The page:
The Original NJ Expat says:
    January 18, 2012 at 11:59 am
    JJ New cars are hard to justify from a sales tax, dealer prep, misc fees etc. alone.

  82. JJ says:

    Go to Advanced Auto Parts, they at most locations will do a free check engine light test. They don’t fix cars like Pep boys, they will tell you cuase, sometimes it is a cheap part. My wifes truck it was an evaporative gas issue. Meaning vapors were escaping due to plastic gas cap no longer fix. Ten buck gas cap good to go. Maybe he is wrong on cat convert. Or just find wire that goes to cat covert or fuse for that check engine light and turn off. Cars in NY dont need emmissions inspection over a certain age so on older cars we cut off the cat converts when they rust and bypas them.

    gryffindor says:
    January 18, 2012 at 12:16 pm
    #73 – I’ve been driving the car around with the “Check Engine” light on for a few months now. It needs a new catalytic converter, a different one than the converter I replaced in 2008. $700 but mechanic said it doesn’t need to be done ASAP so I’ve been waiting. Last month I got a $250 belt changed, last year I did over $1000 of repairs on other parts and new rear tires. Last week I got a new front tire with the Route 3 flat. Part of the issue with the car is that it was driven for the first 8 years in constant snow and ice in Buffalo & the midwest so the underside is all rust. It’s unreliable to drive to DC only because if something does happen to it, AAA will only tow 100 miles. Better to just take the bus than risk a time-wasting headache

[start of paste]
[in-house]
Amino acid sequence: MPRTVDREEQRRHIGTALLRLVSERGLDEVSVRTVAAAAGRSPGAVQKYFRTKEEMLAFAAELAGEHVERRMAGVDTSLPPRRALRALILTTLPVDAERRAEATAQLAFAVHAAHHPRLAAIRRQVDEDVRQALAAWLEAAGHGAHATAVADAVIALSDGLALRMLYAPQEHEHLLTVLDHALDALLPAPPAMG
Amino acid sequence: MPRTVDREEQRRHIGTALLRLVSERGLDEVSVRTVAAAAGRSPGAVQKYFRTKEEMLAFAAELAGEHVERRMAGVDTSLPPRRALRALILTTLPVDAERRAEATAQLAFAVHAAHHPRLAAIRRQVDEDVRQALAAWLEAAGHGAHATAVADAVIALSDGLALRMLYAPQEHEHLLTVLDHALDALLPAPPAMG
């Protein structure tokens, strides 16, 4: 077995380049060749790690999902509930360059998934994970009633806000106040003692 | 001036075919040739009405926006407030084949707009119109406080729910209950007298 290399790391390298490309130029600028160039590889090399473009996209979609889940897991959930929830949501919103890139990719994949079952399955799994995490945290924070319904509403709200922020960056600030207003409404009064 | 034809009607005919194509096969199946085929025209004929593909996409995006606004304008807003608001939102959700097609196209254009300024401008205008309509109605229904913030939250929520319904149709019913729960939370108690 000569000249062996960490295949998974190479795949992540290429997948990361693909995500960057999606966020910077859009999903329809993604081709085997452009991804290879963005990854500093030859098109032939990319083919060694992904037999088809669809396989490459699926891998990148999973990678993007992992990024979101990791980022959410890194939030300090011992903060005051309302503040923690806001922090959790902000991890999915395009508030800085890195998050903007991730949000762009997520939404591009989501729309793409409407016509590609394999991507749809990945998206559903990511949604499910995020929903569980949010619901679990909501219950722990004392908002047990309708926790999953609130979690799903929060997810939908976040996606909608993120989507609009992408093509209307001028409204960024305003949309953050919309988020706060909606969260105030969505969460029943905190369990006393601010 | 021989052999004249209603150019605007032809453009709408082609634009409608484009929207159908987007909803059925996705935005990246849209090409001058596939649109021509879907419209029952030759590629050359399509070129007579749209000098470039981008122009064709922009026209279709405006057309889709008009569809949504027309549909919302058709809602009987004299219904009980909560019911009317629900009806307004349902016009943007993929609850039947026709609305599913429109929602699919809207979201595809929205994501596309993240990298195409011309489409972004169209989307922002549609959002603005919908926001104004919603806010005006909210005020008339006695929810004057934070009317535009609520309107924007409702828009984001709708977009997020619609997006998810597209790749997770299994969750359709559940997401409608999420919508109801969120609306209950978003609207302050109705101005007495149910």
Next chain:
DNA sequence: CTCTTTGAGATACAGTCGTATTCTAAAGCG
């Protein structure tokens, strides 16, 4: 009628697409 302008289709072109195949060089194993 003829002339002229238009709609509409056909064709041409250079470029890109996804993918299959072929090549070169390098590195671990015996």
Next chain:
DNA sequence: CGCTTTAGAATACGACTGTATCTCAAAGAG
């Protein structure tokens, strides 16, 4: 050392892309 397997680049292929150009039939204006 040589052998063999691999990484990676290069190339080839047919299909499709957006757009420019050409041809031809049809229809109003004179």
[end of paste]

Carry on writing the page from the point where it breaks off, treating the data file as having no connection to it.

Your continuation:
83. zieba says:

    re cars:

    I have 170K on my 03 9-5 Aero sedan. While I love the car (250hp/255lbs out of a 4cyl, 32+ on highway) at this juncture its pretty much a ticking time bomb. Recently things have started to go downhill at a rapid pace: no A/C, no gas gauge, heat is max only, ABS sensors going bad, bald tires, coolant disappearing, eating 1qt oil per 750 miles and the list goes on.